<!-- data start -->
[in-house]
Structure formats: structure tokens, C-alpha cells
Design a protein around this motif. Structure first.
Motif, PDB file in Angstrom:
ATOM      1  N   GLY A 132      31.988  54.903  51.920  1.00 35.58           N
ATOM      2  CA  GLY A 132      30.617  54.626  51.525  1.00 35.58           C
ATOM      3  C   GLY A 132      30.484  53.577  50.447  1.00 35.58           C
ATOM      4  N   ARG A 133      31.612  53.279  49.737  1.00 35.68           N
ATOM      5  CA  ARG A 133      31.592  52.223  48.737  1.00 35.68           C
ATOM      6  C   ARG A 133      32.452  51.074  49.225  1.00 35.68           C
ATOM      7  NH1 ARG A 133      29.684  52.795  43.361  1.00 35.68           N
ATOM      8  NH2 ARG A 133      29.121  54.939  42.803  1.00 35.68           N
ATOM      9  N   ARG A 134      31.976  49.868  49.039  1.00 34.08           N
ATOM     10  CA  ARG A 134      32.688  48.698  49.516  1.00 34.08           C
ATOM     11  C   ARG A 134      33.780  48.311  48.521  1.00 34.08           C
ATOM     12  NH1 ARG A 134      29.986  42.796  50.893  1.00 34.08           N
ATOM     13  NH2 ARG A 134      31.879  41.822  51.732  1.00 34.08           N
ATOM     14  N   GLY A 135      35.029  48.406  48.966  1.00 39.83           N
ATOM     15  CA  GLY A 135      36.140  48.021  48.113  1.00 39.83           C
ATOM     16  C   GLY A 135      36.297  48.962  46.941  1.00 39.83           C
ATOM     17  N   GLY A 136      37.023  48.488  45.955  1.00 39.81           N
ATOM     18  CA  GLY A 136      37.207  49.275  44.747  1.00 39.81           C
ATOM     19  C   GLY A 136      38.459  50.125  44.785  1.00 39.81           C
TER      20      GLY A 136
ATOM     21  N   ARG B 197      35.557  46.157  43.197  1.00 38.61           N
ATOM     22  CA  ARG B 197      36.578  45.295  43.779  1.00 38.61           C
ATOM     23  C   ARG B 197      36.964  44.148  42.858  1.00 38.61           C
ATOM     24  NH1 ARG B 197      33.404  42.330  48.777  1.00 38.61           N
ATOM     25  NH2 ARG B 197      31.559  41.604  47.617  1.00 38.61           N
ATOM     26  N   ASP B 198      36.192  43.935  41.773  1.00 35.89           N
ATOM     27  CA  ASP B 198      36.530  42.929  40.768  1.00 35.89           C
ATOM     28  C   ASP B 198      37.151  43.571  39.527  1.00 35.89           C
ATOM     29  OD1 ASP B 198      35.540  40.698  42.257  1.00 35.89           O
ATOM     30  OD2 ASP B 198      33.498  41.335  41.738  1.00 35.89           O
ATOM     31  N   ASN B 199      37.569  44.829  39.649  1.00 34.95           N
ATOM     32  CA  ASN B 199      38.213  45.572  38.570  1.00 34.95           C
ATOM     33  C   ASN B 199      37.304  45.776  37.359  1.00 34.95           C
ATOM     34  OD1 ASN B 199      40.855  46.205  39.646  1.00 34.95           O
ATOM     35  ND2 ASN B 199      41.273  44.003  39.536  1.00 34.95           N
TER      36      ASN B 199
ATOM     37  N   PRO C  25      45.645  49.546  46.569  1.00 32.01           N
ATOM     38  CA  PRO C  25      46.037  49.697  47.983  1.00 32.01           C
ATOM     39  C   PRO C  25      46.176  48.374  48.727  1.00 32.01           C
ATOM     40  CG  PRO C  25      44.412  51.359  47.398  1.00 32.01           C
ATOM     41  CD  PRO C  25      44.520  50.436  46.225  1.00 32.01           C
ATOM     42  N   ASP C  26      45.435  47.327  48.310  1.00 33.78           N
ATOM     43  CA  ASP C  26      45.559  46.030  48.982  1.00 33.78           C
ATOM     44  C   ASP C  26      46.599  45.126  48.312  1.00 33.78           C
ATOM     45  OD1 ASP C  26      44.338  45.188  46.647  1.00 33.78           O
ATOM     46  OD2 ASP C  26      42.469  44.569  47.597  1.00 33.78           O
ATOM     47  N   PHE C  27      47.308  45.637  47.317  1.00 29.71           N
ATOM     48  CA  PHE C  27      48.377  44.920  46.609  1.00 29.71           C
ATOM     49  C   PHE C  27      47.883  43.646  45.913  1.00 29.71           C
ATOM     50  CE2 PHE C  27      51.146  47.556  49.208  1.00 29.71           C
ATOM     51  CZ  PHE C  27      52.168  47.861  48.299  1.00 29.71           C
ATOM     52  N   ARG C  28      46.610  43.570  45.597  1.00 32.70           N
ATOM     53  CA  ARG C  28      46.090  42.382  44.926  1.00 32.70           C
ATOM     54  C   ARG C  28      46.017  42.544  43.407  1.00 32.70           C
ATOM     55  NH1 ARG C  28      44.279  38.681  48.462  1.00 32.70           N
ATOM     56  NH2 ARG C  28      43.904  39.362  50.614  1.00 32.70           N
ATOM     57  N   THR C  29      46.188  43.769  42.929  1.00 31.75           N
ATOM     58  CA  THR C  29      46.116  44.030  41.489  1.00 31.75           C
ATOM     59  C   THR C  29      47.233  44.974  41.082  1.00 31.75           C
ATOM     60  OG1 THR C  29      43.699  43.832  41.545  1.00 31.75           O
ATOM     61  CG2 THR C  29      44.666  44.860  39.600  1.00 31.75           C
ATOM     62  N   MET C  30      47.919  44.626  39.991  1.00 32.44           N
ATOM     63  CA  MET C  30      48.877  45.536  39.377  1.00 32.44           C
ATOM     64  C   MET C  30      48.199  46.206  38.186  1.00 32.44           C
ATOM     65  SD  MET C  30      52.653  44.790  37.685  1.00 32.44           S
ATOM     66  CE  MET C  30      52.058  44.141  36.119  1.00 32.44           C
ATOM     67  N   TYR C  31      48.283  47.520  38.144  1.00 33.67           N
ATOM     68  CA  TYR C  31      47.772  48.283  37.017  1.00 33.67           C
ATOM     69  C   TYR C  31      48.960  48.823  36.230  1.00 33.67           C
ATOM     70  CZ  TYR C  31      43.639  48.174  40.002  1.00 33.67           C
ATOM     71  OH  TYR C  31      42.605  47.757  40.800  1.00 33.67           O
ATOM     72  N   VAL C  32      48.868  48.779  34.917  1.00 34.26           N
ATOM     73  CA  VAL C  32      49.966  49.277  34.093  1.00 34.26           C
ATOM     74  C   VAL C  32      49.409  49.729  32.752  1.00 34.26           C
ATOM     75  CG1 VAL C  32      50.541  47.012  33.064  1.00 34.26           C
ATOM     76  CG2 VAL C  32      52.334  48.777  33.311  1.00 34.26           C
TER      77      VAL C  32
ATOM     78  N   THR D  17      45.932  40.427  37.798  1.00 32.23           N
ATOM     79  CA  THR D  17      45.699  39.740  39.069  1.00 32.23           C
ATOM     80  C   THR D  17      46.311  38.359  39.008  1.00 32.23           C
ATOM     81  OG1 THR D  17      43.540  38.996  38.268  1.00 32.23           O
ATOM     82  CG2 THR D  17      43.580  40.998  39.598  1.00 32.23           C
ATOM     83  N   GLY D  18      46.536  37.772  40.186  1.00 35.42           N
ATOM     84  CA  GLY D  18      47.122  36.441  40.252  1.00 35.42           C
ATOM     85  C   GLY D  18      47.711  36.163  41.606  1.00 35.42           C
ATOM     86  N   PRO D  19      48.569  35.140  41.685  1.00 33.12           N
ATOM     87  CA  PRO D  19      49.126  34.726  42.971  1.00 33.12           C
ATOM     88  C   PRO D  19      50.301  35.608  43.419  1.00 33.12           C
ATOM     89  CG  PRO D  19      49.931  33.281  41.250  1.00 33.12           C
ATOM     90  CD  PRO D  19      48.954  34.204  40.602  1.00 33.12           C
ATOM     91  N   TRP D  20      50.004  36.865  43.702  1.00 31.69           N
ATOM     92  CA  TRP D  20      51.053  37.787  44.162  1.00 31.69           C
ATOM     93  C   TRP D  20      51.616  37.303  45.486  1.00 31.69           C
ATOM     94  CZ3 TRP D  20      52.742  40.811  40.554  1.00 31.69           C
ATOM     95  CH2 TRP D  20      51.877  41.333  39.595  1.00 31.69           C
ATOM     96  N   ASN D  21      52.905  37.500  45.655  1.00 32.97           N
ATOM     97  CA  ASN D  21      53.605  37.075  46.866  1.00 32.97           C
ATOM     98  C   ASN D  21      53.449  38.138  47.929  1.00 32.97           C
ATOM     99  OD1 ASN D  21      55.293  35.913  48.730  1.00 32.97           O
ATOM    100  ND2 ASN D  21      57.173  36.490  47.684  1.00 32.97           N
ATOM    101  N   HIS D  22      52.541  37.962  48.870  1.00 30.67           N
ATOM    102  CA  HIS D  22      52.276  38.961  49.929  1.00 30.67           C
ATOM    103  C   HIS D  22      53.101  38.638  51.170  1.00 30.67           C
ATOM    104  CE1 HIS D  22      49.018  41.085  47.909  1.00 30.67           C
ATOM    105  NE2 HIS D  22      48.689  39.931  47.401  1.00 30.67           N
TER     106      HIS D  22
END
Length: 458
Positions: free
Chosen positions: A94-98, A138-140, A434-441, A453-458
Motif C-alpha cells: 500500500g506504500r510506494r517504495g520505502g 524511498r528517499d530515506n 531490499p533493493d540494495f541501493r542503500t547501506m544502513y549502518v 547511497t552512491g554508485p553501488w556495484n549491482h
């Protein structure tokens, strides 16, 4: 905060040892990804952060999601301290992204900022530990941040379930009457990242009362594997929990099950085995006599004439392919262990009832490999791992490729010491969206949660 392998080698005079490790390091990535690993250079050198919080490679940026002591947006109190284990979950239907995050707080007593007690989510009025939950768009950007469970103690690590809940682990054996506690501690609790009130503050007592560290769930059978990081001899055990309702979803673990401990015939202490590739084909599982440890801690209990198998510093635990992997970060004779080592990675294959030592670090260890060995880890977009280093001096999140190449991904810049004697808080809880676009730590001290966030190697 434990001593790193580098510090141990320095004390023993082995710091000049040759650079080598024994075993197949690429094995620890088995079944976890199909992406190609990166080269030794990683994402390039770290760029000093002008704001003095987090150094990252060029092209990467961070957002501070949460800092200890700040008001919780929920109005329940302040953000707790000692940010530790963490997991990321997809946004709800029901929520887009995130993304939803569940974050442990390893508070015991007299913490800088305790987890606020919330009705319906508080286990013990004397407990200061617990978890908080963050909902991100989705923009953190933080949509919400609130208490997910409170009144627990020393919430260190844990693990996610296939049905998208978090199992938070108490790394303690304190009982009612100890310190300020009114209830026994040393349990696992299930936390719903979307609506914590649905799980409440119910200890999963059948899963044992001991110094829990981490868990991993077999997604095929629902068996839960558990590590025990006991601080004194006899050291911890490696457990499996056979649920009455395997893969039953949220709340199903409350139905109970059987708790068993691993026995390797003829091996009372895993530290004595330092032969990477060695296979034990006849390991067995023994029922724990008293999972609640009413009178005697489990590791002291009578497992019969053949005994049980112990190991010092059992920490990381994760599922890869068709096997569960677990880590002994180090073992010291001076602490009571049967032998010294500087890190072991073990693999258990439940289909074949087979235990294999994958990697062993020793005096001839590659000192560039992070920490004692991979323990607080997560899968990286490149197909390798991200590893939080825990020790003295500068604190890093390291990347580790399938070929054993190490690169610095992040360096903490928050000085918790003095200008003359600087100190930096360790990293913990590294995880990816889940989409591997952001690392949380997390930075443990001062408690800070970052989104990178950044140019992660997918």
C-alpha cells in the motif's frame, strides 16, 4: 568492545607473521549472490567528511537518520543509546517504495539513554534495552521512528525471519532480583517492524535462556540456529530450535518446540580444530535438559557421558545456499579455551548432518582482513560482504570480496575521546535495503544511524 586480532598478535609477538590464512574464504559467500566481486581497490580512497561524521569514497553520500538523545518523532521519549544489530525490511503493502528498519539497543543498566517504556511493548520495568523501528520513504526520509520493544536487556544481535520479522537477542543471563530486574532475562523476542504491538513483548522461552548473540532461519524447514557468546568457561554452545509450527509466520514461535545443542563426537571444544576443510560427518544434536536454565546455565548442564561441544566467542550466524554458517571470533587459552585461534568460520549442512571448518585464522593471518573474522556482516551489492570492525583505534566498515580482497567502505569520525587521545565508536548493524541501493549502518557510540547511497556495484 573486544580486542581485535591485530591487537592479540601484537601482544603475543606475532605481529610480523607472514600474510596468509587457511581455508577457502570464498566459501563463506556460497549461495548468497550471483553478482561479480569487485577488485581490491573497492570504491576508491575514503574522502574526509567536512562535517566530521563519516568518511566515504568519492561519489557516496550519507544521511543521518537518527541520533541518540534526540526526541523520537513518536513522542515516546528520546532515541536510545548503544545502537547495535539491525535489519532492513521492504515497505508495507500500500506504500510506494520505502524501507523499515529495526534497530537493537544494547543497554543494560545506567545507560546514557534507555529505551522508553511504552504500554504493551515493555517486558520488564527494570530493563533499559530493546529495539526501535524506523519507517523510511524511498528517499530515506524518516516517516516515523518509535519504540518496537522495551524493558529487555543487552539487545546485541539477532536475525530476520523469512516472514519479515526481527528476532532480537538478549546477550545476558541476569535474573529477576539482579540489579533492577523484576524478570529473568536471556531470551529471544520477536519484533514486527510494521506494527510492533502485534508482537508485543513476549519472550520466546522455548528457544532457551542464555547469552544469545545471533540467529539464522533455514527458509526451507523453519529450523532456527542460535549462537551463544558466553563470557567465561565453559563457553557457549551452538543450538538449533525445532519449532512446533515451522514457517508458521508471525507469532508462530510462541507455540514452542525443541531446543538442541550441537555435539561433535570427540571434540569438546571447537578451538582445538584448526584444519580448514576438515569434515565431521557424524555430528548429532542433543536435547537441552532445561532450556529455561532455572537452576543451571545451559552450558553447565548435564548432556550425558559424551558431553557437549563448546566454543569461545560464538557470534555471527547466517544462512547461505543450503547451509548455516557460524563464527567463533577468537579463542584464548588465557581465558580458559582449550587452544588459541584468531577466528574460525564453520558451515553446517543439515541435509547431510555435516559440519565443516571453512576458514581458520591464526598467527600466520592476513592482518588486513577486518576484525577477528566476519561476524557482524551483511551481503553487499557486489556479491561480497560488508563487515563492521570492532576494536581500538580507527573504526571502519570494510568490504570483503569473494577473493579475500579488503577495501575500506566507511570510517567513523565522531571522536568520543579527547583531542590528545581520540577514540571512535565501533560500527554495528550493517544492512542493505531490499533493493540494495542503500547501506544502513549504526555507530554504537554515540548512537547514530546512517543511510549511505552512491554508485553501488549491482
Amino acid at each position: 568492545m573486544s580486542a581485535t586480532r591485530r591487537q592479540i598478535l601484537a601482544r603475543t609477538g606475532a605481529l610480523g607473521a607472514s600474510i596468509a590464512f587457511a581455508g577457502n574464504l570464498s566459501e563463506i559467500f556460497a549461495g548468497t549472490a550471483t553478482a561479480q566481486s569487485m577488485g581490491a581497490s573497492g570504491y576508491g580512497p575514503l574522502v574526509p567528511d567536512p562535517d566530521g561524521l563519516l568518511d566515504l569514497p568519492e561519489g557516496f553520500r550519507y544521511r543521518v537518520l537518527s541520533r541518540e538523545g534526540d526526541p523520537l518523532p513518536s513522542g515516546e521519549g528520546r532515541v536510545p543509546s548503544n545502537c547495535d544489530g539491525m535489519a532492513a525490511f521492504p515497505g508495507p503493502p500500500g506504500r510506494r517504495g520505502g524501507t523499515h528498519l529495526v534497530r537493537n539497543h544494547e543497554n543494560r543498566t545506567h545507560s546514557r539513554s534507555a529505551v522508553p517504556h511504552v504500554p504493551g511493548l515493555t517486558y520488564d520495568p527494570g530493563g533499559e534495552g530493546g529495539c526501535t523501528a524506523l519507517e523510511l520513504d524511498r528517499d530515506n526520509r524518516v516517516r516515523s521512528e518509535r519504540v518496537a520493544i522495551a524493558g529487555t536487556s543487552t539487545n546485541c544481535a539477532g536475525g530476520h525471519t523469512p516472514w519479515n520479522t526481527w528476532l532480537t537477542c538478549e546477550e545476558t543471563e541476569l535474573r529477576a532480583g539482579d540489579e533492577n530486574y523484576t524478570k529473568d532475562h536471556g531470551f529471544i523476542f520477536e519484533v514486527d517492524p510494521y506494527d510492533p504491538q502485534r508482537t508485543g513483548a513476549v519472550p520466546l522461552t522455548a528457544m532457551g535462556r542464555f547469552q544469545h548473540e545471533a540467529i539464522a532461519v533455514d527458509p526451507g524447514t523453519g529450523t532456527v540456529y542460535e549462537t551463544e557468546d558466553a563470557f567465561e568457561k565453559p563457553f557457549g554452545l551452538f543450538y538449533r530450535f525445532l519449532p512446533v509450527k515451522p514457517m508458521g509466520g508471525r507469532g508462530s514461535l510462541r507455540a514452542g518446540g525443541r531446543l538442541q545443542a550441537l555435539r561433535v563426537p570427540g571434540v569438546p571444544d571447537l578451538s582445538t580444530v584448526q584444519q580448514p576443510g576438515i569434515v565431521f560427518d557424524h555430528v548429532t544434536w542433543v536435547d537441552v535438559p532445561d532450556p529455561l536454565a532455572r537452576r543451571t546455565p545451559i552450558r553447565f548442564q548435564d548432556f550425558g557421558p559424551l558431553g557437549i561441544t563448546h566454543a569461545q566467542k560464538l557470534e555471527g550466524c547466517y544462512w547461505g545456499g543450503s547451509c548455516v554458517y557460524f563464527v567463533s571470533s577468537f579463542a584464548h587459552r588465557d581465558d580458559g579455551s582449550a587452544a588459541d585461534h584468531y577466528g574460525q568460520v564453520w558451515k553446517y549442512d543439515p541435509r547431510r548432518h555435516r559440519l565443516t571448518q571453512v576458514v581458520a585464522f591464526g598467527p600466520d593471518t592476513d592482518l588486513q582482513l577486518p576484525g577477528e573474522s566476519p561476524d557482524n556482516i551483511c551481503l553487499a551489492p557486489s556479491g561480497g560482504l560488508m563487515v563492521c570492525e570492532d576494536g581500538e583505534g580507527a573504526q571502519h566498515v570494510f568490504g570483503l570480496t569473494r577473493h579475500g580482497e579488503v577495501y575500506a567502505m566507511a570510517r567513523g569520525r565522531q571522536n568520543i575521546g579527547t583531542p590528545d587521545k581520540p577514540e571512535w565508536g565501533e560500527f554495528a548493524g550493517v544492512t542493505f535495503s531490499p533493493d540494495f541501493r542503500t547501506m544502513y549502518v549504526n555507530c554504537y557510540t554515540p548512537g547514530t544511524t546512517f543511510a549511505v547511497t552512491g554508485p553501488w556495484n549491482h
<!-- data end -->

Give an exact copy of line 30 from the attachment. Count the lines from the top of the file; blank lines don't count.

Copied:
ATOM     26  N   ASP B 198      36.192  43.935  41.773  1.00 35.89           N